Insomnia makes life hard. Fortunately, effective treatment is available, and you can even try it at home tonight.
It’s 3 am and you’re awake… again. You flip over, snuggle into your pillow, and try to get back to sleep. Nothing happens. “Please don’t think, please don’t think,” you implore your busy mind, desperate for a wave of drowsiness to sink you into sleep.
Sleep does tug at you for a blissful second but then vanishes like a skittish kitten noticing you notice it. No, no, please don’t go! You want that kitten more than anything. Surely, you can coax it back if you do just the right thing.
You take a few deep breaths, but the air feels invigorating. You try to think of something dull, but quickly lose interest. Your heart thuds, your mind races and you know it’s over. No sleep for you!
So, now what?
What is chronic insomnia?
Do you find yourself chasing sleep a lot these days? Do you lie in bed, unable to fall asleep or stay asleep for 3+ nights per week? Has your sleep trouble lasted 3 months or longer? If so, you might have chronic insomnia.
At any given time, about one in 10 US adults experience chronic insomnia . If you’re one of them, you know how devastating persistent sleep trouble can be for your mood, your productivity, your health, and your relationships. Just about everything suffers when you sleep poorly a lot of the time.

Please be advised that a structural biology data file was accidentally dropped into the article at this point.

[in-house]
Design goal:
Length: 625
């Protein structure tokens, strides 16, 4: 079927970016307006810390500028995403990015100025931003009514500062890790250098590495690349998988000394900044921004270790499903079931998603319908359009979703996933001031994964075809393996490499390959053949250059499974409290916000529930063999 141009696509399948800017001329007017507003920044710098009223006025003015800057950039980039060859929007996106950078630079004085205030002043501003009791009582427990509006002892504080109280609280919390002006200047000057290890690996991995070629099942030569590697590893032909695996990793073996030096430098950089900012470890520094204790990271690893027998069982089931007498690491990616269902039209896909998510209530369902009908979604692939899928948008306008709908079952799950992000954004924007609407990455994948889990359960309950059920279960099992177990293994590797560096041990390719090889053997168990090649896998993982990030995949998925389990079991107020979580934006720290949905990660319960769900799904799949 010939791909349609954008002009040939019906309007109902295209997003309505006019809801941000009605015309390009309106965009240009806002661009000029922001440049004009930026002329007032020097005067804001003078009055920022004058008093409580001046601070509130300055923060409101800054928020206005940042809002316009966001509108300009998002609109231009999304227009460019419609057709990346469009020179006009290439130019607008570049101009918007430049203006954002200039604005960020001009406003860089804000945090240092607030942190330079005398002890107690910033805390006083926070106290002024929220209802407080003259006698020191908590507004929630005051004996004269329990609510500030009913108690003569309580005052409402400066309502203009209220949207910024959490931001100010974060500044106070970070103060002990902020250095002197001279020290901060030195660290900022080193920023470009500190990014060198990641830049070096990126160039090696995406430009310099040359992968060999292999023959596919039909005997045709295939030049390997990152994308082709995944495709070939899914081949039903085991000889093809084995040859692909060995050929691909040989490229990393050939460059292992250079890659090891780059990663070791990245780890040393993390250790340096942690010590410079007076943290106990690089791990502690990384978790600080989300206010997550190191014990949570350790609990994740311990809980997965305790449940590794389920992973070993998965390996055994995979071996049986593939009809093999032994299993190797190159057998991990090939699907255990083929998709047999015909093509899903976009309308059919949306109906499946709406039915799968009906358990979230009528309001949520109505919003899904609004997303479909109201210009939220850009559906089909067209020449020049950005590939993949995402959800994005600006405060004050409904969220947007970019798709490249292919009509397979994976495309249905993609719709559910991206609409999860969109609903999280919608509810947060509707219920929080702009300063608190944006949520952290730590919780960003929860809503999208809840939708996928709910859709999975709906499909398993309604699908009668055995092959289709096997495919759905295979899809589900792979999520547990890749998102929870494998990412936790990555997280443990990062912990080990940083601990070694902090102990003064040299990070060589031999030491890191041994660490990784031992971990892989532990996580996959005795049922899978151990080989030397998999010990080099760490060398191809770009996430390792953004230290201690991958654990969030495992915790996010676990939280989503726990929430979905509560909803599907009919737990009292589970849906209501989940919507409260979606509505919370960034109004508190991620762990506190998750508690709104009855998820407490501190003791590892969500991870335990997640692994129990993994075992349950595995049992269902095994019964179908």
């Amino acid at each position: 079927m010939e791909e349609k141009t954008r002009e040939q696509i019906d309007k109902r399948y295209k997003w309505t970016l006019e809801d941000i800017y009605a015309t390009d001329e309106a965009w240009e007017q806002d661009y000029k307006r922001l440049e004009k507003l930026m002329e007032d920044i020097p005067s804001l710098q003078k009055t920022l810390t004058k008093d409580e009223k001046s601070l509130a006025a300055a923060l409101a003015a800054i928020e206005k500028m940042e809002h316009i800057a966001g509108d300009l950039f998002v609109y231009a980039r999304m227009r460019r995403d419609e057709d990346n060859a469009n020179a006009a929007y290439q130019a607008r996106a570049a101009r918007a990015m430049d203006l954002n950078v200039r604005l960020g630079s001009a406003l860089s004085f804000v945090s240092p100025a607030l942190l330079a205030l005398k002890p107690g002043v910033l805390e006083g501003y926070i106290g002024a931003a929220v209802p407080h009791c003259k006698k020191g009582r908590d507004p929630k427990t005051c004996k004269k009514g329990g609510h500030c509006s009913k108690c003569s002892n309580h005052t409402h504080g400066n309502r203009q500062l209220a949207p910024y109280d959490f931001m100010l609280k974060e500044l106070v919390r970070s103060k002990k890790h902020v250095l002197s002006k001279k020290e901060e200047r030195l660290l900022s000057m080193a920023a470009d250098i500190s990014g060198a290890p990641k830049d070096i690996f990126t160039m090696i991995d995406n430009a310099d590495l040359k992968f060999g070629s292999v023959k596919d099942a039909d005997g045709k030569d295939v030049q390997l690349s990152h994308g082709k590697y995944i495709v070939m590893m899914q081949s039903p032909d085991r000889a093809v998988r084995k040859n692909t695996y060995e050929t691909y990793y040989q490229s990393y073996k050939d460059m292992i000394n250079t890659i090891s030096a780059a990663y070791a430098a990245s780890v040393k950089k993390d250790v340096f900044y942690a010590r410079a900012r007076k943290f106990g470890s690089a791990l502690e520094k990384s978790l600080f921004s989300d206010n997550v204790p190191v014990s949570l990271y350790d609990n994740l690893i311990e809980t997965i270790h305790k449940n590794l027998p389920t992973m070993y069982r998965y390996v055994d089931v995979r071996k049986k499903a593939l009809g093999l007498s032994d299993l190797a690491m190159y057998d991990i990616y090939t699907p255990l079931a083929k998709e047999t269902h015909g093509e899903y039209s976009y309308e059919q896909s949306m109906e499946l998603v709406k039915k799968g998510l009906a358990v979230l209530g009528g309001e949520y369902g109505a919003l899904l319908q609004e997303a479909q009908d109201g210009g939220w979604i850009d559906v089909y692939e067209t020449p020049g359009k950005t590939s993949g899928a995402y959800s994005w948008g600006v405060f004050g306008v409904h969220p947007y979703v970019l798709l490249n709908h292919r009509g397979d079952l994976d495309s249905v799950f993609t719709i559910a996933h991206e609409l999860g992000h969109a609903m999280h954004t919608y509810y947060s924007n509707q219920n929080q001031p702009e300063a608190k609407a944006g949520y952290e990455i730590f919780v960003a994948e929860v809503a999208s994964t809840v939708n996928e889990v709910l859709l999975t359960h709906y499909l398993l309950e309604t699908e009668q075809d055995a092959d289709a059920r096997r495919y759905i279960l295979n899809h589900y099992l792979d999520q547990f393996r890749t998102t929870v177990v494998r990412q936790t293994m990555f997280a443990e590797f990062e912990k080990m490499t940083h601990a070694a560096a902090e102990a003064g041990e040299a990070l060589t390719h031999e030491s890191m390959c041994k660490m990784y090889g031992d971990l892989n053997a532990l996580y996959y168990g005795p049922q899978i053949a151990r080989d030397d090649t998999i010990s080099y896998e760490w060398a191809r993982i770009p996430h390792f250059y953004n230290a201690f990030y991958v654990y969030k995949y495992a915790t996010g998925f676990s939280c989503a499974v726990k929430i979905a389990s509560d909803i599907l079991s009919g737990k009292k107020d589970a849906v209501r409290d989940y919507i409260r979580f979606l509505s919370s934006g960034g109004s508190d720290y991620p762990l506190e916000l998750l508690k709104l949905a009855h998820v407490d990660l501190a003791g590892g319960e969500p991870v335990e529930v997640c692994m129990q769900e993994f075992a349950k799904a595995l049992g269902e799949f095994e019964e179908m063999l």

What causes chronic insomnia?
There are many things that may cause insomnia, including:
- Personal or environmental factors like stress, your work schedule, poor sleep habits (e.g., keeping an erratic sleep schedule, playing video games in bed, taking naps, etc.), or eating a lot right before bed.
- Substances like caffeine, nicotine, alcohol, or certain medications.
- Mental health conditions such as anxiety and depression.
- Medical conditions such as chronic pain, cancer, overactive thyroid, and more.
- Sleep-related disorders like sleep apnea or restless leg syndrome.
While there are many causes of insomnia, the most common ones are stress and habits that disrupt sleep . Fortunately, you may be able to improve your sleep habits and reduce the impact that stress has on your sleep.
What should you do if you can’t sleep?
About the worst thing you can do for insomnia is to lie in bed restless, frustrated, and unable to sleep. The more often you do that, the more you strengthen an association between your bed and your sleep trouble.
Consequently, if it takes you more than 20 minutes to fall asleep, sleep experts advise that you get out of bed and do something non-stimulating until you feel drowsy. You can then get back in bed and try again.
This routine is fine for the occasional night of poor sleep. However, if you develop a consistent pattern of trouble falling or staying asleep, a more intensive and structured approach might be necessary to break your poor sleep habit.